• Tyrell and his wife have a strange dynamic that entails a little light bondage and possible domestic brutality. More to come about that later, I’m sure.

Mr. Robot airs Wednesdays at 10/9C on USA.

TV Families | EW.com
Mark Harris
February 23, 1990 AT 05:00 AM EST

The Bradys are back, with a passel of 90’s hassles. Do they represent the typical American Family? Did they ever? Who does? Stare and compare!

Kind Of Family
TheBradyBunch 1969-74: Blended
The Bradys 1990-: Enormous
Married…With Children 1987-: Postnuclear
Thirtysomething 1987-: Extended
The Flintstones 1960-66: Modern Stone Age

Family Pet
The Brady Bunch: Tiger
The Bradys: Alice
Married…With Children: Buck
Thirtysomething: Grendel
The Flintstones: Dino

Typical Guest Star
The Brady Bunch: Davey Jones
The Bradys: There’s no room
Married…With Children: Sam Kinison
Thirtysomething: Carly Simon
The Flintstones: Ann Margrock

Expression Of Joy
The Brady Bunch: Groovy!
The Bradys: Ritual hugging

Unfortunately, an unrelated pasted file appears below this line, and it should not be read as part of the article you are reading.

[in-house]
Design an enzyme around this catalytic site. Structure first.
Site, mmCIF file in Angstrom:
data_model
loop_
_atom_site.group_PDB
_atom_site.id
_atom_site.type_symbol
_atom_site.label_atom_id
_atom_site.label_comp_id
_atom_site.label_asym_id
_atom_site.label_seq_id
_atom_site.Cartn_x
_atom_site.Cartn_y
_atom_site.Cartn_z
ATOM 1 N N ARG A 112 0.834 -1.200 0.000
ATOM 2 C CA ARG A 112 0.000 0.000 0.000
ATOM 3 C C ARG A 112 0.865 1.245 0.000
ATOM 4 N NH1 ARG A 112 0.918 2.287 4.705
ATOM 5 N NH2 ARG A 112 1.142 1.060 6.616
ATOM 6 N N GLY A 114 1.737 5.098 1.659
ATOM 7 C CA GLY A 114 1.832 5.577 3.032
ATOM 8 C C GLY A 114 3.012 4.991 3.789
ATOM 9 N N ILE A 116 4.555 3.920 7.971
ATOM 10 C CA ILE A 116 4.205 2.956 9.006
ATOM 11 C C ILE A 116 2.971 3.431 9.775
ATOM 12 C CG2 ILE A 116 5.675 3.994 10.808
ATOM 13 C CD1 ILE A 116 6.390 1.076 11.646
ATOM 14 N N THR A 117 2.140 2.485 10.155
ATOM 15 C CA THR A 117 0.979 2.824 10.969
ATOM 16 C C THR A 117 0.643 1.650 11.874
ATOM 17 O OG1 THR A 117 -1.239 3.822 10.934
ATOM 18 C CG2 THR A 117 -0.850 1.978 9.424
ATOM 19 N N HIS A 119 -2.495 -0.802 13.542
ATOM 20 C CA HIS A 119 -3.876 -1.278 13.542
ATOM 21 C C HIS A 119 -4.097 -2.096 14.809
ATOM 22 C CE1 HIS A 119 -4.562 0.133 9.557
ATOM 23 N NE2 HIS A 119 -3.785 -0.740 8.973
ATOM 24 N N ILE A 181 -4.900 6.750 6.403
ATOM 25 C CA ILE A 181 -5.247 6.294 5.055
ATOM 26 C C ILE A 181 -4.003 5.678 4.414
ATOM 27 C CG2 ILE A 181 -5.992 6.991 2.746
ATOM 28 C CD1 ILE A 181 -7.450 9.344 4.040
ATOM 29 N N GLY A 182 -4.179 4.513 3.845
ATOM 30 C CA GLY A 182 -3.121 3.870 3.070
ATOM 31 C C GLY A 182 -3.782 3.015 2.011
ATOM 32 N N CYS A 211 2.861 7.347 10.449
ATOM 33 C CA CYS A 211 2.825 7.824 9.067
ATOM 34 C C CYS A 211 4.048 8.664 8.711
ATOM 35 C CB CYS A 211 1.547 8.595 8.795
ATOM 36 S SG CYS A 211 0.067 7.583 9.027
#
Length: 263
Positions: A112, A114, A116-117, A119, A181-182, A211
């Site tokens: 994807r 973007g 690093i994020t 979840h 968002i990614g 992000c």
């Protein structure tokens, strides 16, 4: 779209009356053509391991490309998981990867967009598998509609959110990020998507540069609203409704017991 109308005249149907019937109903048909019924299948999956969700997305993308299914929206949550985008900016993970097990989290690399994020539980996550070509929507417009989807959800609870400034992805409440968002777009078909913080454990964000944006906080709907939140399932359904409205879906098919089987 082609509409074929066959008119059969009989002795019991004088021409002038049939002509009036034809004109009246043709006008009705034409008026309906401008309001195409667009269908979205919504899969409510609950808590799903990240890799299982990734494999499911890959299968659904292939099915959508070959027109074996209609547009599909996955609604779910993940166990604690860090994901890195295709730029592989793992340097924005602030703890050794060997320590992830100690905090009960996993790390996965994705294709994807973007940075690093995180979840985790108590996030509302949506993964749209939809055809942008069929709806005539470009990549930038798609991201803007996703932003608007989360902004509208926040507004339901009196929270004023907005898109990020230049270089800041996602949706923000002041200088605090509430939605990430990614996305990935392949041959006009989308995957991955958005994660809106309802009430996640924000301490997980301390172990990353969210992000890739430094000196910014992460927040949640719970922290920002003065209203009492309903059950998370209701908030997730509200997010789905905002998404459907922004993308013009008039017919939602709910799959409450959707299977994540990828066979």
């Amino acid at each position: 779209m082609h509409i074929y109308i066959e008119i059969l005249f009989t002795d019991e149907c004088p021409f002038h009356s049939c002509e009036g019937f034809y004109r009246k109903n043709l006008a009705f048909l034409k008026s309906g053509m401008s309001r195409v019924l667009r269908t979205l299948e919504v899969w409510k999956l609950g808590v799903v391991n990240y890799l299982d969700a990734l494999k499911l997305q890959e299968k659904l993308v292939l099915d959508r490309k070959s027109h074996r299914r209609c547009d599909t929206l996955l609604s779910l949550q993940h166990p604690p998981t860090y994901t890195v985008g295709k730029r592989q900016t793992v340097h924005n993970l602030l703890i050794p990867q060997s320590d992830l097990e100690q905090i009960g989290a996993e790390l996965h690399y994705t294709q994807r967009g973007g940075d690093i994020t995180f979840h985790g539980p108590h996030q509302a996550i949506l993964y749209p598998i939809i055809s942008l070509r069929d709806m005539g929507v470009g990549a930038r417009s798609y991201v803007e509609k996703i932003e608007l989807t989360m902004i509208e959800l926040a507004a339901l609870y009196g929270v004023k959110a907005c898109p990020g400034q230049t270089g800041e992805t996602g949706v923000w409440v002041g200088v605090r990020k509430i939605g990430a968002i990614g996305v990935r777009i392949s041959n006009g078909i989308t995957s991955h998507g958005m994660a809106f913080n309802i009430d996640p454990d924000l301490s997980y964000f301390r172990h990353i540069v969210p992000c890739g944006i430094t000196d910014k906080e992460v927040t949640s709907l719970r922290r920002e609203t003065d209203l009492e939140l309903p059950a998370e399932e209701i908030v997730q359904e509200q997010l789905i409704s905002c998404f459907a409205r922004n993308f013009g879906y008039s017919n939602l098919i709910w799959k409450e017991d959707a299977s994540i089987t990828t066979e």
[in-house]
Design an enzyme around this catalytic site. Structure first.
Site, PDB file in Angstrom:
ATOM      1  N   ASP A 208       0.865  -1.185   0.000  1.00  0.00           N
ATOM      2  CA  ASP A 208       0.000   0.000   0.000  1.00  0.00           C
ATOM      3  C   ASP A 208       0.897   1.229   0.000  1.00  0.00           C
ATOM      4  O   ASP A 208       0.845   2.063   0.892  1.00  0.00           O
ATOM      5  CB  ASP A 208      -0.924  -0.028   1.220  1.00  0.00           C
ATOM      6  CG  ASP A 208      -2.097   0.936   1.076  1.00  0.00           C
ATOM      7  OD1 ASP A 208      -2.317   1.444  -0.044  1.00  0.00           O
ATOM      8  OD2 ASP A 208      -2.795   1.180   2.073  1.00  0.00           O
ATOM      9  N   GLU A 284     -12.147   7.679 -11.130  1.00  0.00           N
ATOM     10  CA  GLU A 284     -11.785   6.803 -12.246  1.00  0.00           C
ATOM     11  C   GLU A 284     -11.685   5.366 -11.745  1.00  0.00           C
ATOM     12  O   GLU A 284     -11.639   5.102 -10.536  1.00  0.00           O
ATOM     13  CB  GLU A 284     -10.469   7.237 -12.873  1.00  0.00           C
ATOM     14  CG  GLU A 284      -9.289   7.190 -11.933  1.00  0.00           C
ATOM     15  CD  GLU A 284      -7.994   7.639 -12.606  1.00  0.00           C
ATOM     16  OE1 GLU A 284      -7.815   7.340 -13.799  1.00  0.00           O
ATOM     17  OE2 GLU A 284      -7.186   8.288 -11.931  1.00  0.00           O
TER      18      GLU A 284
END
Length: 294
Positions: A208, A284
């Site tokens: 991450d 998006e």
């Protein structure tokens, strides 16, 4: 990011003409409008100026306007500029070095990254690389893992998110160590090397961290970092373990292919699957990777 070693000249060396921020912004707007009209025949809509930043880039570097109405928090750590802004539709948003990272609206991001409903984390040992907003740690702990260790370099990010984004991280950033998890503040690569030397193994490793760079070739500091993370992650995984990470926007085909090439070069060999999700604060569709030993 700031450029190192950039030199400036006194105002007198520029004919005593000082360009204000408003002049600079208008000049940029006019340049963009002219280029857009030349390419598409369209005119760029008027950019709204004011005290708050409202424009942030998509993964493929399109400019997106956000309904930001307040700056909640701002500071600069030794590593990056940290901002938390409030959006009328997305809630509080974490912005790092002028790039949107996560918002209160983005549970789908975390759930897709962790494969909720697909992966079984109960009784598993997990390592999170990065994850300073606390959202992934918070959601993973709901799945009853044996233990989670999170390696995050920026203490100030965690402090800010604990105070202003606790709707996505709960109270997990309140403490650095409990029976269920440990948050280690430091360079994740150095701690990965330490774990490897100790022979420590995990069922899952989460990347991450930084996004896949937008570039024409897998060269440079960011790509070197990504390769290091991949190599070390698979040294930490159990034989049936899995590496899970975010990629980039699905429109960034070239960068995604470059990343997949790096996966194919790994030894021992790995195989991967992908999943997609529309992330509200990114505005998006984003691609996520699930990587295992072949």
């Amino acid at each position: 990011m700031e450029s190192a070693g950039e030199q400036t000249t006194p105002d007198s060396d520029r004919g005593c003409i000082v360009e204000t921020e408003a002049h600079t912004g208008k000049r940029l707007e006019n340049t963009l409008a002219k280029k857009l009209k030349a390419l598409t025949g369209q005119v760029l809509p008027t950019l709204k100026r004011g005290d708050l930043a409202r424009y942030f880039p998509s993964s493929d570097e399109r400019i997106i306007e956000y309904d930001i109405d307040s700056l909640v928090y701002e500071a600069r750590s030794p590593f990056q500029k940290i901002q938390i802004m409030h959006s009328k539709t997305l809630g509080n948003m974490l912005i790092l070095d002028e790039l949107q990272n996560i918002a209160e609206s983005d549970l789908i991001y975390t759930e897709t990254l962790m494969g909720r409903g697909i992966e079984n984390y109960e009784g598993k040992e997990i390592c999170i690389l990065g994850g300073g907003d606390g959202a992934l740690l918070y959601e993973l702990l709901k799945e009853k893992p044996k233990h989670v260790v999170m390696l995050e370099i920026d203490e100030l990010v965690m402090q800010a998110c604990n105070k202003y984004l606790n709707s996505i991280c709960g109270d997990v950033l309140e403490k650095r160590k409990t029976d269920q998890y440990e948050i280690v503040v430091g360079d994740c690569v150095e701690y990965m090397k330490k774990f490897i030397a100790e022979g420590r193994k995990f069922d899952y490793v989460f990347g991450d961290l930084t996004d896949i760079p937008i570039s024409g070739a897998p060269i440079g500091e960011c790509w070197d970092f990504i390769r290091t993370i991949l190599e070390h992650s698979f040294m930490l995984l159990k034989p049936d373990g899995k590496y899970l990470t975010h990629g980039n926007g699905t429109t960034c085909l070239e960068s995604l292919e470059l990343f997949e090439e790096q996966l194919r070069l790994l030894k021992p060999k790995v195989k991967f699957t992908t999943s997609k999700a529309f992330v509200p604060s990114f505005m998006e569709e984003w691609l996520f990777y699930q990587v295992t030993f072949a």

Married…With Children: ”Oh, great.”
Thirtysomething: ”Of course I’m happy for you. Really. But what about me? Why does it always have to be about you?
The Flintstones: ”Yabba-dabba doo

Expression Of Rage

The Brady Bunch: ”Hmmm…”
The Bradys: ”If you back away from something you really want, then you’re a quitter!” (the angriest any Brady has ever been)
Married…With Children: ”Aaagh, God, take me from this miserable life!”
Thirtysomething: ”I’m not angry, OK?”
The Flintstones: ”Willllmaaaa!”

Typical Problem
The Brady Bunch: Marcia and her rival both want to be the prom queen.
The Bradys: Bobby gets paralyzed.
Married…With Children: Al doesn’t buy his family Christmas presents.
Thirtysomething: Nancy gets cancer.
The Flintstones: Fred and Barney are staying out too late.

Typical Solution
The Brady Bunch: The prom committee decides to have two queens.
The Bradys: Bobby gets married.
Married…With Children: They hate him.
Thirtysomething: If only we knew…
The Flintstones: Wilma and Betty decide to follow them.

House Style
The Brady Bunch: Conservative but mod, circa ’69
The Bradys: Conservative but mod, circa ’90
Married…With Children: Roach motel
Thirtysomething: Enviable
The Flintstones: Suburban cave

Clothing Style
The Brady Bunch: Early Osmonds
The Bradys: Made in the USA
Married…With Children: Flammable fabrics
Thirtysomething: Eclectic earth tones; nice ties
The Flintstones: One-piece

Most Annoying Character
The Brady Bunch: Alice’s cousin Emma, the substitute housekeeper (too strict)
The Bradys: Marcia’s husband, Wally (chronically unemployable)
Married…With Children: Steve (supercilious)